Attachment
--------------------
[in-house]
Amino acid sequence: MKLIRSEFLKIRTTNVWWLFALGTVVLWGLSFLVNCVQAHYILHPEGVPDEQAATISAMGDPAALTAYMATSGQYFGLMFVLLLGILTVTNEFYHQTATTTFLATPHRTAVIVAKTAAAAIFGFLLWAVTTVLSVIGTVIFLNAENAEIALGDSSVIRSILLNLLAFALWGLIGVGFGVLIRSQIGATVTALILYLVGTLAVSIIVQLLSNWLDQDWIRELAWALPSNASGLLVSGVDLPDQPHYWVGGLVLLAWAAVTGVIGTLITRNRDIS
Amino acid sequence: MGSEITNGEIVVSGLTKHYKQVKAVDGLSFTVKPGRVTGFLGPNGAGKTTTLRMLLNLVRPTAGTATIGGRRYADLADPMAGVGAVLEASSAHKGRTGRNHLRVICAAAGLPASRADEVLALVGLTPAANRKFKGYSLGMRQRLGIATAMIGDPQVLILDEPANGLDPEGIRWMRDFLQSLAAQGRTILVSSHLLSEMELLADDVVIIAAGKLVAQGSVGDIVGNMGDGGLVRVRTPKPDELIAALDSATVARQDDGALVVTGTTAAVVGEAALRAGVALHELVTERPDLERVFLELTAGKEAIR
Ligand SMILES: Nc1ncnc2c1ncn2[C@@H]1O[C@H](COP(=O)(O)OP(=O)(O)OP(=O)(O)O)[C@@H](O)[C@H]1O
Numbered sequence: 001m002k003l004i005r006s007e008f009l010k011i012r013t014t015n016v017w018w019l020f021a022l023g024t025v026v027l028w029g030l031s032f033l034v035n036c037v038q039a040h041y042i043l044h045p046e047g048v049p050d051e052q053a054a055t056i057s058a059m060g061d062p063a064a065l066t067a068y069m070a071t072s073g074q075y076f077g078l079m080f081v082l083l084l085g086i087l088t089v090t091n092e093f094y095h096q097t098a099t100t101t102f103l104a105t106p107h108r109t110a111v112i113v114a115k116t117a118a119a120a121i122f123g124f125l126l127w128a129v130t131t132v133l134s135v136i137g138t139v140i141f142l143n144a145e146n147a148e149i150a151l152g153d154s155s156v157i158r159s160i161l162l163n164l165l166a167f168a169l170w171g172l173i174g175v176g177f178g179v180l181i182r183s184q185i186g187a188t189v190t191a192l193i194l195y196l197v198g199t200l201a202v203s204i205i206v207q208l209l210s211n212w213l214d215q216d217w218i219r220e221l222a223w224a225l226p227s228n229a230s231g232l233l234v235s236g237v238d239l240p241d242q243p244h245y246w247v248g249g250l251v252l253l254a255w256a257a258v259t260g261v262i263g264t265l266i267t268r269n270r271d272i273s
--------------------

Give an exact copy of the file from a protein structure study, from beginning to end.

[in-house]
Amino acid sequence: MKLIRSEFLKIRTTNVWWLFALGTVVLWGLSFLVNCVQAHYILHPEGVPDEQAATISAMGDPAALTAYMATSGQYFGLMFVLLLGILTVTNEFYHQTATTTFLATPHRTAVIVAKTAAAAIFGFLLWAVTTVLSVIGTVIFLNAENAEIALGDSSVIRSILLNLLAFALWGLIGVGFGVLIRSQIGATVTALILYLVGTLAVSIIVQLLSNWLDQDWIRELAWALPSNASGLLVSGVDLPDQPHYWVGGLVLLAWAAVTGVIGTLITRNRDIS
Amino acid sequence: MGSEITNGEIVVSGLTKHYKQVKAVDGLSFTVKPGRVTGFLGPNGAGKTTTLRMLLNLVRPTAGTATIGGRRYADLADPMAGVGAVLEASSAHKGRTGRNHLRVICAAAGLPASRADEVLALVGLTPAANRKFKGYSLGMRQRLGIATAMIGDPQVLILDEPANGLDPEGIRWMRDFLQSLAAQGRTILVSSHLLSEMELLADDVVIIAAGKLVAQGSVGDIVGNMGDGGLVRVRTPKPDELIAALDSATVARQDDGALVVTGTTAAVVGEAALRAGVALHELVTERPDLERVFLELTAGKEAIR
Ligand SMILES: Nc1ncnc2c1ncn2[C@@H]1O[C@H](COP(=O)(O)OP(=O)(O)OP(=O)(O)O)[C@@H](O)[C@H]1O
Numbered sequence: 001m002k003l004i005r006s007e008f009l010k011i012r013t014t015n016v017w018w019l020f021a022l023g024t025v026v027l028w029g030l031s032f033l034v035n036c037v038q039a040h041y042i043l044h045p046e047g048v049p050d051e052q053a054a055t056i057s058a059m060g061d062p063a064a065l066t067a068y069m070a071t072s073g074q075y076f077g078l079m080f081v082l083l084l085g086i087l088t089v090t091n092e093f094y095h096q097t098a099t100t101t102f103l104a105t106p107h108r109t110a111v112i113v114a115k116t117a118a119a120a121i122f123g124f125l126l127w128a129v130t131t132v133l134s135v136i137g138t139v140i141f142l143n144a145e146n147a148e149i150a151l152g153d154s155s156v157i158r159s160i161l162l163n164l165l166a167f168a169l170w171g172l173i174g175v176g177f178g179v180l181i182r183s184q185i186g187a188t189v190t191a192l193i194l195y196l197v198g199t200l201a202v203s204i205i206v207q208l209l210s211n212w213l214d215q216d217w218i219r220e221l222a223w224a225l226p227s228n229a230s231g232l233l234v235s236g237v238d239l240p241d242q243p244h245y246w247v248g249g250l251v252l253l254a255w256a257a258v259t260g261v262i263g264t265l266i267t268r269n270r271d272i273s